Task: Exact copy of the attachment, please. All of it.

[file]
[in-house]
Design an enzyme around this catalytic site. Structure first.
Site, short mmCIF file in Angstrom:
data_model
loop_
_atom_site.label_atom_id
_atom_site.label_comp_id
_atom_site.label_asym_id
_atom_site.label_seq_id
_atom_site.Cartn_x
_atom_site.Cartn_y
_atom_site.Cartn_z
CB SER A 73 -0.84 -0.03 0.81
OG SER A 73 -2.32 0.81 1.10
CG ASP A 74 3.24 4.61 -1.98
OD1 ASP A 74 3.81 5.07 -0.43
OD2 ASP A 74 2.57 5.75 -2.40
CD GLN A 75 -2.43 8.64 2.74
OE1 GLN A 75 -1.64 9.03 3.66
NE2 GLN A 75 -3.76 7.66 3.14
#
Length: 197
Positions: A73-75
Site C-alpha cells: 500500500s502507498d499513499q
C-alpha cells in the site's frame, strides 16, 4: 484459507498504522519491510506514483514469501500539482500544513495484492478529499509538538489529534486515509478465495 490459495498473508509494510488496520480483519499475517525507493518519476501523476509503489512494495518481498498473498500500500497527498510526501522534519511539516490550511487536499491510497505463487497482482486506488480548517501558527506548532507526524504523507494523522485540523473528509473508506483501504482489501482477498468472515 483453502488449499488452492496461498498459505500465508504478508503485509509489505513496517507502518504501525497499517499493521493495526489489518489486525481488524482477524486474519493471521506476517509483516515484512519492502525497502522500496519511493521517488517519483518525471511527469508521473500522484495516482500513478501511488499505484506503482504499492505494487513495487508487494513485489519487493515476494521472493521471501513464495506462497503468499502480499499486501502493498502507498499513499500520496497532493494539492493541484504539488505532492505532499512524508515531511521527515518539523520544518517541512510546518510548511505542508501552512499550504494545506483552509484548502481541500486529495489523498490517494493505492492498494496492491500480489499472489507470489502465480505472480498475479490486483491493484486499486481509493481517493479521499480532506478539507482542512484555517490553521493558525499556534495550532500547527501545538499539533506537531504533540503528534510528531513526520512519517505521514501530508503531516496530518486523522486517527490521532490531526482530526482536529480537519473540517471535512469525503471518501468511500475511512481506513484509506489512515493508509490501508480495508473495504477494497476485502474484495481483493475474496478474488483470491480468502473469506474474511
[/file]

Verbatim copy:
[in-house]
Design an enzyme around this catalytic site. Structure first.
Site, short mmCIF file in Angstrom:
data_model
loop_
_atom_site.label_atom_id
_atom_site.label_comp_id
_atom_site.label_asym_id
_atom_site.label_seq_id
_atom_site.Cartn_x
_atom_site.Cartn_y
_atom_site.Cartn_z
CB SER A 73 -0.84 -0.03 0.81
OG SER A 73 -2.32 0.81 1.10
CG ASP A 74 3.24 4.61 -1.98
OD1 ASP A 74 3.81 5.07 -0.43
OD2 ASP A 74 2.57 5.75 -2.40
CD GLN A 75 -2.43 8.64 2.74
OE1 GLN A 75 -1.64 9.03 3.66
NE2 GLN A 75 -3.76 7.66 3.14
#
Length: 197
Positions: A73-75
Site C-alpha cells: 500500500s502507498d499513499q
C-alpha cells in the site's frame, strides 16, 4: 484459507498504522519491510506514483514469501500539482500544513495484492478529499509538538489529534486515509478465495 490459495498473508509494510488496520480483519499475517525507493518519476501523476509503489512494495518481498498473498500500500497527498510526501522534519511539516490550511487536499491510497505463487497482482486506488480548517501558527506548532507526524504523507494523522485540523473528509473508506483501504482489501482477498468472515 483453502488449499488452492496461498498459505500465508504478508503485509509489505513496517507502518504501525497499517499493521493495526489489518489486525481488524482477524486474519493471521506476517509483516515484512519492502525497502522500496519511493521517488517519483518525471511527469508521473500522484495516482500513478501511488499505484506503482504499492505494487513495487508487494513485489519487493515476494521472493521471501513464495506462497503468499502480499499486501502493498502507498499513499500520496497532493494539492493541484504539488505532492505532499512524508515531511521527515518539523520544518517541512510546518510548511505542508501552512499550504494545506483552509484548502481541500486529495489523498490517494493505492492498494496492491500480489499472489507470489502465480505472480498475479490486483491493484486499486481509493481517493479521499480532506478539507482542512484555517490553521493558525499556534495550532500547527501545538499539533506537531504533540503528534510528531513526520512519517505521514501530508503531516496530518486523522486517527490521532490531526482530526482536529480537519473540517471535512469525503471518501468511500475511512481506513484509506489512515493508509490501508480495508473495504477494497476485502474484495481483493475474496478474488483470491480468502473469506474474511